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Money & Career

5 Things You Should Know About Handling Your Finances for Retirement

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You’ve just hit retirement age, or you’re getting close.

Along with planning trips to spend time with the grandkids and looking into classes you might want to take at your local college, you’ll want to pay some attention to your finances.

GetOld spoke to several top financial advisors on what they think retirees need to know about handling their money. Here are some of the most important things they say you need to consider.

Research your Social Security options. While you can begin claiming Social Security benefits when you reach 62, your monthly benefits will be reduced by about 30 percent. If you were born between 1943 and 1954, full benefits kick in when you reach 66. (The “full retirement age” is a couple of months later with each passing birth year.) However, if you can defer to age 70, says Christine Centeno, a financial planner in Glen Allen, Virginia, your benefits will grow by eight percent each year you wait. “That’s a great return,” she says, “but the decision of when to take Social Security depends on many other factors, such as other sources of income, your investments, and your health.” This benefits planner website from the Social Security Administration provides more information.

Develop a budget. “The best way to ensure that you can add value to your retirement is to live within your means,” says Leslie Tayne, a New York lawyer who specializes in debt management. “This may look different than it did when you were working. Creating a budget and working to stay within it, should allow you to have some room for ‘fun spending.’ You can even make ‘fun’ a line in your budget, but this may mean cutting back elsewhere. Look to see whether you have any excess in your current spending. Maybe you don’t watch all the cable channels you’re paying for, or use as much cell phone data as your plan covers.”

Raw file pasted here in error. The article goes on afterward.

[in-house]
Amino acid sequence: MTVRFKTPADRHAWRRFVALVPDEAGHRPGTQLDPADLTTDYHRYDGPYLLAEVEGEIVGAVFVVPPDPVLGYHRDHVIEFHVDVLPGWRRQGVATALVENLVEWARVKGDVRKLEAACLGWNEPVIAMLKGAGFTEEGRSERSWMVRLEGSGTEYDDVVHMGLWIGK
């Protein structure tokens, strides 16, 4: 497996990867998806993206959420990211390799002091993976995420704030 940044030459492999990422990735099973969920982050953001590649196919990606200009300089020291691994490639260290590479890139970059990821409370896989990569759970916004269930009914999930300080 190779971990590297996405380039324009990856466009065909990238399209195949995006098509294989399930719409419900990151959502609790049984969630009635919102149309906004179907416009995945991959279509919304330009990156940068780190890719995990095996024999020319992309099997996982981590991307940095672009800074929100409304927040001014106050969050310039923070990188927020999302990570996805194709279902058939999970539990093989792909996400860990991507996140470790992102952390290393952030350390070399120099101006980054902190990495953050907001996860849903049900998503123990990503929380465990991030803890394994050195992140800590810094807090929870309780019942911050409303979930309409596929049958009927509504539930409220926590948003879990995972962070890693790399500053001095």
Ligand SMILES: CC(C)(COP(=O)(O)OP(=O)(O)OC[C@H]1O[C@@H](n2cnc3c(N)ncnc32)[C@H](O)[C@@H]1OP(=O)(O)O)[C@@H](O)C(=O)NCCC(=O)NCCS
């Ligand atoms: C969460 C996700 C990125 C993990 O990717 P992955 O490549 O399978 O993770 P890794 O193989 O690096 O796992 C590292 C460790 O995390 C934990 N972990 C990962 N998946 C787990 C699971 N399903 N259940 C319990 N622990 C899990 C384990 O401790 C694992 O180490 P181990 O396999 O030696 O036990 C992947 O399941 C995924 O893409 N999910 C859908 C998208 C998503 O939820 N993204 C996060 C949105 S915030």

Reassess risk in your retirement accounts.  Take a good look at your investment portfolio and assess whether the amount of risk is appropriate for this stage of life, suggests Brad Creger, a Glendale, California, economist and wealth management advisor. The investment strategy that made sense when you were 30 might not be the right fit at 65. “If you suffer a significant market loss, which means 20 percent or more of your investments within five to 10 years before you retire or 10 to 15 years after you retire,” Creger says, “you face a much greater chance of running out of money.”

Have a cash reserve. “This could be anywhere from one to two years’ worth of expenses,” says Centeno. “In the case the stock market or other investments decline, you won’t have take withdrawals when these markets are down.”

Think ahead when choosing a financial advisor. “If you’re going to work with a financial professional, consider somebody who is ideally 20 or 30 years younger than you,” says Cory Nichols, a Virginia investment advisor who focuses on retirement. “You want them to be working throughout your retirement. The relationship is important, and you don’t want to start over 10 or 20 years in.”

There are many other factors to consider in selecting a financial professional. The Consumer Financial Protection Bureau offers some tips in this guide, among many other resources on planning for retirement you can find on their website.

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